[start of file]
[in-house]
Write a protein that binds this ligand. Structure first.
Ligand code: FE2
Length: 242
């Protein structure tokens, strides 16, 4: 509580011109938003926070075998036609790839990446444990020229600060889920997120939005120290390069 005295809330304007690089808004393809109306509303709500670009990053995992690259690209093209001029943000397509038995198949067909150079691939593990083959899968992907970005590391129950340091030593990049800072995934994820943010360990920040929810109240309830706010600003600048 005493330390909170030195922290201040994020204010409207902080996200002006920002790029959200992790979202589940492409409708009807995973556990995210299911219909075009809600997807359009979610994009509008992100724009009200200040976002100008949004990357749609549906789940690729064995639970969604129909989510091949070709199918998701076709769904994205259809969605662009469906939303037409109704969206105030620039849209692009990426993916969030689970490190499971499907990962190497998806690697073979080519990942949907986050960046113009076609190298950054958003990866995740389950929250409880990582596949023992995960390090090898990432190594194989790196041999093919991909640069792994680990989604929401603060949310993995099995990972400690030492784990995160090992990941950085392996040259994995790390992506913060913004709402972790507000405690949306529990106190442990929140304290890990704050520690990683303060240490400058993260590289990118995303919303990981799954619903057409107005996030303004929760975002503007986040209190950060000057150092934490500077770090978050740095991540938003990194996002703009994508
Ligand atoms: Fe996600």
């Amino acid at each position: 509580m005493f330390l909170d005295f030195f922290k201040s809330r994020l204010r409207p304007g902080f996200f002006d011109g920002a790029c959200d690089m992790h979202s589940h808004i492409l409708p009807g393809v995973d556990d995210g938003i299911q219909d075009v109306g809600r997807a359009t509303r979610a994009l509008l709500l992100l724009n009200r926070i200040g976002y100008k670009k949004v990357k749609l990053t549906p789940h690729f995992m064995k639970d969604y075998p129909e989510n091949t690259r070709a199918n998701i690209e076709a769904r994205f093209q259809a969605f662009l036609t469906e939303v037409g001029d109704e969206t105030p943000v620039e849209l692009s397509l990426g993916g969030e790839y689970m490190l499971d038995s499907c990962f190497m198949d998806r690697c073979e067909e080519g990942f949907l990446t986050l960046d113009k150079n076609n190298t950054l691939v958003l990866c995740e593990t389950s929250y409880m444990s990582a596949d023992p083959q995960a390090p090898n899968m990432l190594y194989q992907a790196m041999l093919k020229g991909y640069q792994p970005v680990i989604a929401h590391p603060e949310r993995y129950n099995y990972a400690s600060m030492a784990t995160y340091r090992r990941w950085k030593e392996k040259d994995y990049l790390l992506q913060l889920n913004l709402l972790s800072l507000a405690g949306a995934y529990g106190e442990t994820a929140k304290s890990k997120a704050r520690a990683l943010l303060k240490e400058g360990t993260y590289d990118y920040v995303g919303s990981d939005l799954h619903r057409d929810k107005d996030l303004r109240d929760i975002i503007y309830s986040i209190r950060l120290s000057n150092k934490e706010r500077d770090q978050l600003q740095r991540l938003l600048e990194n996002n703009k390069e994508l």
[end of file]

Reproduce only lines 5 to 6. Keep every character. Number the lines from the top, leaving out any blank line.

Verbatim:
């Protein structure tokens, strides 16, 4: 509580011109938003926070075998036609790839990446444990020229600060889920997120939005120290390069 005295809330304007690089808004393809109306509303709500670009990053995992690259690209093209001029943000397509038995198949067909150079691939593990083959899968992907970005590391129950340091030593990049800072995934994820943010360990920040929810109240309830706010600003600048 005493330390909170030195922290201040994020204010409207902080996200002006920002790029959200992790979202589940492409409708009807995973556990995210299911219909075009809600997807359009979610994009509008992100724009009200200040976002100008949004990357749609549906789940690729064995639970969604129909989510091949070709199918998701076709769904994205259809969605662009469906939303037409109704969206105030620039849209692009990426993916969030689970490190499971499907990962190497998806690697073979080519990942949907986050960046113009076609190298950054958003990866995740389950929250409880990582596949023992995960390090090898990432190594194989790196041999093919991909640069792994680990989604929401603060949310993995099995990972400690030492784990995160090992990941950085392996040259994995790390992506913060913004709402972790507000405690949306529990106190442990929140304290890990704050520690990683303060240490400058993260590289990118995303919303990981799954619903057409107005996030303004929760975002503007986040209190950060000057150092934490500077770090978050740095991540938003990194996002703009994508
Ligand atoms: Fe996600």